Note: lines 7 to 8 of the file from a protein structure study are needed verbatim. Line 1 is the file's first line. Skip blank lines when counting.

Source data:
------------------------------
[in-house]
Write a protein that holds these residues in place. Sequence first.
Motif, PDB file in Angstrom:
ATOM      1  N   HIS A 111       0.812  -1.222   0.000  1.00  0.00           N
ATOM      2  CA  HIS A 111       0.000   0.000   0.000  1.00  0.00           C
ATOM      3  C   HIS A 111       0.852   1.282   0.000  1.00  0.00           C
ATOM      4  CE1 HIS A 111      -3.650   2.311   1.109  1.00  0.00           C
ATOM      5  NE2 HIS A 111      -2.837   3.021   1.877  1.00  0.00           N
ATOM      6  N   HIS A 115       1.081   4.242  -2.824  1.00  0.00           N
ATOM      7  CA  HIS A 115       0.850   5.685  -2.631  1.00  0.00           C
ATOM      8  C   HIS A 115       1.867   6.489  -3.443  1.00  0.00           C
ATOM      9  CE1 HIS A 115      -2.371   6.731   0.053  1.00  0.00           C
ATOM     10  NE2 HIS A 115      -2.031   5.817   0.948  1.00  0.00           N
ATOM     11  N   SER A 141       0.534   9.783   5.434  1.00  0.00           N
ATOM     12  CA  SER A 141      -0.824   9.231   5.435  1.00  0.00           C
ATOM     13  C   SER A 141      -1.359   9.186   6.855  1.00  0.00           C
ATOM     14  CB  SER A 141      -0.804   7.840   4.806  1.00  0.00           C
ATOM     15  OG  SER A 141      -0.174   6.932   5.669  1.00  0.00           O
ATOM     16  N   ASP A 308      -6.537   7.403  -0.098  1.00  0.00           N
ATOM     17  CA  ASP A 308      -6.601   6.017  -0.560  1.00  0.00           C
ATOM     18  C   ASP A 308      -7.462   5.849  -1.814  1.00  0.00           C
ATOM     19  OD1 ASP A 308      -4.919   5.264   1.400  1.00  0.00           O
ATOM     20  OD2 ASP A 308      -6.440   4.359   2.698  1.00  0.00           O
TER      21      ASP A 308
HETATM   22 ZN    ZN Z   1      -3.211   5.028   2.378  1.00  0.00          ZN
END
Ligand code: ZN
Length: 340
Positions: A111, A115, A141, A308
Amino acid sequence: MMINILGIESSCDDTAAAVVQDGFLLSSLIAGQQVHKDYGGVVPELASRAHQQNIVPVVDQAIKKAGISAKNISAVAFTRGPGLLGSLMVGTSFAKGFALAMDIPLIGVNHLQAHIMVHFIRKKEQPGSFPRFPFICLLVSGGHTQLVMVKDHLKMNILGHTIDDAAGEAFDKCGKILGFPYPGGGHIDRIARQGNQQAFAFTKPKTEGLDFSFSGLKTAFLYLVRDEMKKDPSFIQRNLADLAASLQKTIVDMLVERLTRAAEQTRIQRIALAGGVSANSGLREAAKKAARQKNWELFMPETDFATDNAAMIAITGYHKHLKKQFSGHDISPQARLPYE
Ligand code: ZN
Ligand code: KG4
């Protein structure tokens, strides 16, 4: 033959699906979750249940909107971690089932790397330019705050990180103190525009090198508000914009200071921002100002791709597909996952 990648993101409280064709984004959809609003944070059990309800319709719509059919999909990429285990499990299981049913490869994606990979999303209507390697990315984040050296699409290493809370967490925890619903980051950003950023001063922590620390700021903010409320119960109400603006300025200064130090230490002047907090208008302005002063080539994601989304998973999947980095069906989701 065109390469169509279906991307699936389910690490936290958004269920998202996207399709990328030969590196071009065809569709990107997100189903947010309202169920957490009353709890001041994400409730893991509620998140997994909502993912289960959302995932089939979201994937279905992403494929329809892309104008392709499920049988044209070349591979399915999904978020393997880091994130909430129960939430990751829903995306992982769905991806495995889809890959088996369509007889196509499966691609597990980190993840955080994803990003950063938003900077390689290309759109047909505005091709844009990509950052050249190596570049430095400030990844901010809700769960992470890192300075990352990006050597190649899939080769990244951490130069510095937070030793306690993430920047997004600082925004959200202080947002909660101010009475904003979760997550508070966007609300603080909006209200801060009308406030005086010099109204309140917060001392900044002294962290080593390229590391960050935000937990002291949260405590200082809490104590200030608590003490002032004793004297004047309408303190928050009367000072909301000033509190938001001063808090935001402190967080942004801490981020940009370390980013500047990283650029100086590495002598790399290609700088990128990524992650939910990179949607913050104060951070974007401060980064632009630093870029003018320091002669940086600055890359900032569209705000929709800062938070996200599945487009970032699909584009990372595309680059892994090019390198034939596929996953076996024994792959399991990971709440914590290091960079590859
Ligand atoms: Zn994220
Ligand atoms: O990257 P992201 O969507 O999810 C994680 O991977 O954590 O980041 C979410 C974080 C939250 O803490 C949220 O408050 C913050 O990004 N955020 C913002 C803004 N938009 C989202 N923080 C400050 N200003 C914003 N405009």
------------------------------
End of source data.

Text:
ATOM      4  CE1 HIS A 111      -3.650   2.311   1.109  1.00  0.00           C
ATOM      5  NE2 HIS A 111      -2.837   3.021   1.877  1.00  0.00           N